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Have you ever had a question for a folk musician but were afraid to ask? Of course not. Folk musicians are the most approachable and friendly people on the planet.
We posed a few questions to Ian Tamblyn, our November performer and he was gracious enough to answer.
- How does being in nature inspire you? Being in nature has several dramatic effects on me. Because nature simply is, any landscape or state of nature will inform me of my state or balance within if I am open to experience it. Being in nature can also have the effect of balancing me if I am willing to slow down, acknowledge her rhythms and wait awhile within her arms. Once being in nature yourself – your self can get out of the way and go deeper. Inspiration flows more freely here and I seek it.
- What or who has been the big love of your life? Amanda Shaughnessy has been the big love in my life. However, she would say my creative life has been the driving force in my life.
- The song that evokes the strongest memories for me is . . . The song that evokes the strongest memories for me is a difficult question to answer in that it might change as different angles of my life come into focus. However, I remember listening to WLS as a teenager in Chicago. I would stay up until 4 a.m. each night waiting to hear The Cascades “Listen to the Rhythm of The Falling Rain” one more time. The memories around that song are troubled and confusing for me still, but that song and the desperate need to hang on to the dial on that tube radio remain.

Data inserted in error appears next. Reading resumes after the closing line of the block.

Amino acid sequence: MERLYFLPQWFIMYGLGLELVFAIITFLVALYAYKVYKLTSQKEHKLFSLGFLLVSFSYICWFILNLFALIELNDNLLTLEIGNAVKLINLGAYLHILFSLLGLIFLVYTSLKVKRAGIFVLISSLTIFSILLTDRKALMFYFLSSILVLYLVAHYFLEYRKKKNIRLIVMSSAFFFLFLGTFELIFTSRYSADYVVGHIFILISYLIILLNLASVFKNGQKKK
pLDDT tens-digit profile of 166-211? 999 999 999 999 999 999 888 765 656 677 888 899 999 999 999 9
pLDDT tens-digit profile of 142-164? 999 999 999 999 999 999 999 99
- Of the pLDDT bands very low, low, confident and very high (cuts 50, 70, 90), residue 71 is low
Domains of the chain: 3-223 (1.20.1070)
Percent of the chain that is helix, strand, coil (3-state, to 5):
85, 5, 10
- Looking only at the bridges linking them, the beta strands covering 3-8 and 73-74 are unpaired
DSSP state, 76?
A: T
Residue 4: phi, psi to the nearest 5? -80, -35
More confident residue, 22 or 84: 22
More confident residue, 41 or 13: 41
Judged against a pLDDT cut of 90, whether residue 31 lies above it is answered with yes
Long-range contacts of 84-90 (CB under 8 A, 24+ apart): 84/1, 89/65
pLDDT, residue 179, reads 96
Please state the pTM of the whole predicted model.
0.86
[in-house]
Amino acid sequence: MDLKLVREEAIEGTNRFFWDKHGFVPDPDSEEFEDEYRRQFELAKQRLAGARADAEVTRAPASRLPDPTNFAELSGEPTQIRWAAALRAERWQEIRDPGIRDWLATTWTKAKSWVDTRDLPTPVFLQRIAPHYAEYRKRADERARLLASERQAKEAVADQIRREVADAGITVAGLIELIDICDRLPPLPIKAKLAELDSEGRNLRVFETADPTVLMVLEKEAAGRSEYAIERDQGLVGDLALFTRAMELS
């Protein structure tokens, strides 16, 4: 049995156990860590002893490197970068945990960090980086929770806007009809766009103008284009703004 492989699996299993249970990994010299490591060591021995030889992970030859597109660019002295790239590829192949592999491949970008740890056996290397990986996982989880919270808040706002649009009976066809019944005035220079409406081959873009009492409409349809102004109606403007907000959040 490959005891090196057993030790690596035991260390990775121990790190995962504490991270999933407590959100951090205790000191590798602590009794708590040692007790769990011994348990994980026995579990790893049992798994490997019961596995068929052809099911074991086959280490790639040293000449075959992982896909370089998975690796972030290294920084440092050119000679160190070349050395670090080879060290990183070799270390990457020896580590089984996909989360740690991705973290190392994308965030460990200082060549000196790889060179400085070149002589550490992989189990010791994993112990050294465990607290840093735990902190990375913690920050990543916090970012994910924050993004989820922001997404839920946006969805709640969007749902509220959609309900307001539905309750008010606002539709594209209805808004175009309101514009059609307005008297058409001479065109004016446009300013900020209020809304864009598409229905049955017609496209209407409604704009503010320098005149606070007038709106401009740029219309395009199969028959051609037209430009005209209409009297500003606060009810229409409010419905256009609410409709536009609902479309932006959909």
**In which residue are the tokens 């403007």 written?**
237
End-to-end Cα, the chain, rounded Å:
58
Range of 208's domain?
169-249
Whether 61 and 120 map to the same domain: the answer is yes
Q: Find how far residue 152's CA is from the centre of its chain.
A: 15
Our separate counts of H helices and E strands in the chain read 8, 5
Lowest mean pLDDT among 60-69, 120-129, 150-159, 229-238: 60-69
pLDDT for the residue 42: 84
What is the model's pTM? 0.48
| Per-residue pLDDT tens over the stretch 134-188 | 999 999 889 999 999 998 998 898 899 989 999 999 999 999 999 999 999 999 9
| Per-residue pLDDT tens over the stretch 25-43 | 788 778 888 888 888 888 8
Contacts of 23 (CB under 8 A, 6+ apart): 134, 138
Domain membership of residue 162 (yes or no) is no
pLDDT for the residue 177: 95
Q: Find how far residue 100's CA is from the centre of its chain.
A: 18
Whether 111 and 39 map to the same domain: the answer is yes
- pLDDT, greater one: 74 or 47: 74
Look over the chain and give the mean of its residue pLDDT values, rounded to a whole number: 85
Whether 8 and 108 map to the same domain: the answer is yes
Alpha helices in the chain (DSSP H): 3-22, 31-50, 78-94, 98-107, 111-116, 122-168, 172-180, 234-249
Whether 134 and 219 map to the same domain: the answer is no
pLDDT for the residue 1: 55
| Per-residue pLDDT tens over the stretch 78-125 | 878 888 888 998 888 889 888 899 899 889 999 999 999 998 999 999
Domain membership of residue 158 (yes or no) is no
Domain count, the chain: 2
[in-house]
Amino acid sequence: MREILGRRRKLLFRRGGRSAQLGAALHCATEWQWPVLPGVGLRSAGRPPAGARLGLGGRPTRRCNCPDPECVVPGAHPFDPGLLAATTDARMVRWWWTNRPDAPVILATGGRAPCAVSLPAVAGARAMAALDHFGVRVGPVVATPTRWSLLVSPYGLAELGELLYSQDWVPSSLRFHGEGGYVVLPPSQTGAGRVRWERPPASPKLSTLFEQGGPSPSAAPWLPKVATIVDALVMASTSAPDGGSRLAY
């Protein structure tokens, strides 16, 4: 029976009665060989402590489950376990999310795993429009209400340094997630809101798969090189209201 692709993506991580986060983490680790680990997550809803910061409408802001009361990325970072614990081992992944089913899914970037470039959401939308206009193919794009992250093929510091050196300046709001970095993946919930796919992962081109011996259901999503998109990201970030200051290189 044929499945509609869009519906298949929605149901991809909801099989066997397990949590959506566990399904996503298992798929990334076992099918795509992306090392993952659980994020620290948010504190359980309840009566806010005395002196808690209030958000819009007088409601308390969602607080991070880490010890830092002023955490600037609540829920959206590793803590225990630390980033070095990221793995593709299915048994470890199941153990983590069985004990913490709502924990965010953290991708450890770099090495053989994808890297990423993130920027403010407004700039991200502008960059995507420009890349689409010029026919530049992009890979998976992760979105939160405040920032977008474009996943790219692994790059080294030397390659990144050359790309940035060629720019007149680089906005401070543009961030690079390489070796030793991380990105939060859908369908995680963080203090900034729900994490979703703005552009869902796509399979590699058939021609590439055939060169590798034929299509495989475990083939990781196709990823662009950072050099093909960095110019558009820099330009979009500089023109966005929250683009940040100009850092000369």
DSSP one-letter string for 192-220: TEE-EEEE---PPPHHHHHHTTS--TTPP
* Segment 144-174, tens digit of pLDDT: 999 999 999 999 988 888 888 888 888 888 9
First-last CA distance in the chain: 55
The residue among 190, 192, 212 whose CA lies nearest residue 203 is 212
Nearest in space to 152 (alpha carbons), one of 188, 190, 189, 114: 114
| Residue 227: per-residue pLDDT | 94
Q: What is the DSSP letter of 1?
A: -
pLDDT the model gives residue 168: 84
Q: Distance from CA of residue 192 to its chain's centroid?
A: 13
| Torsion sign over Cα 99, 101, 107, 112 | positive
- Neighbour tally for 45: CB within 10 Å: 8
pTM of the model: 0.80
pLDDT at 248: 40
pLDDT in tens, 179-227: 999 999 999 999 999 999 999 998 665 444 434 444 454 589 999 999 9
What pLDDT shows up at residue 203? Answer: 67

- What is your favourite place on earth? My favourite place on earth is usually where things are scraped down and elemental – the Arctic, the Labrador coast, the coastline of Superior, the north shore of Georgian Bay – the desert around Ghost Ranch, New Mexico. In their raw elemental state, a clearer vision of one’s own spiritual relation to place and space is possible. In complete contrast to this, the absolute fecundity of Haida Gwaii or the cloud forest of Costa Rica offers the same thing in an entirely bountiful way.
- What historical event do you wish you’d been alive to witness? I doubt the veracity of most historical events because it seems to me the past is no more fixed than the present or the future and- those who recorded those historical events had either an axe to grind or were propagandists for the victor’s press. Given this, I remember visiting the ancient village of Scara Brae on the Orkney Islands several years ago. It was a brilliant day and looking out over the turquoise sea, I couldn’t help but wonder if on a good day such as this 5,000 years ago, life was, like the day I stood there, as good as it gets! The people of Scara Brae had built incredible structures for homes, there was fresh water, there were fish in the sea, and they had time to consider art and time itself in their circles at Brodgar and Steness. Yes, the average life expectancy was 25 years but I still wondered on this glorious day if their best day (such as this day) that life might have been as good as it gets.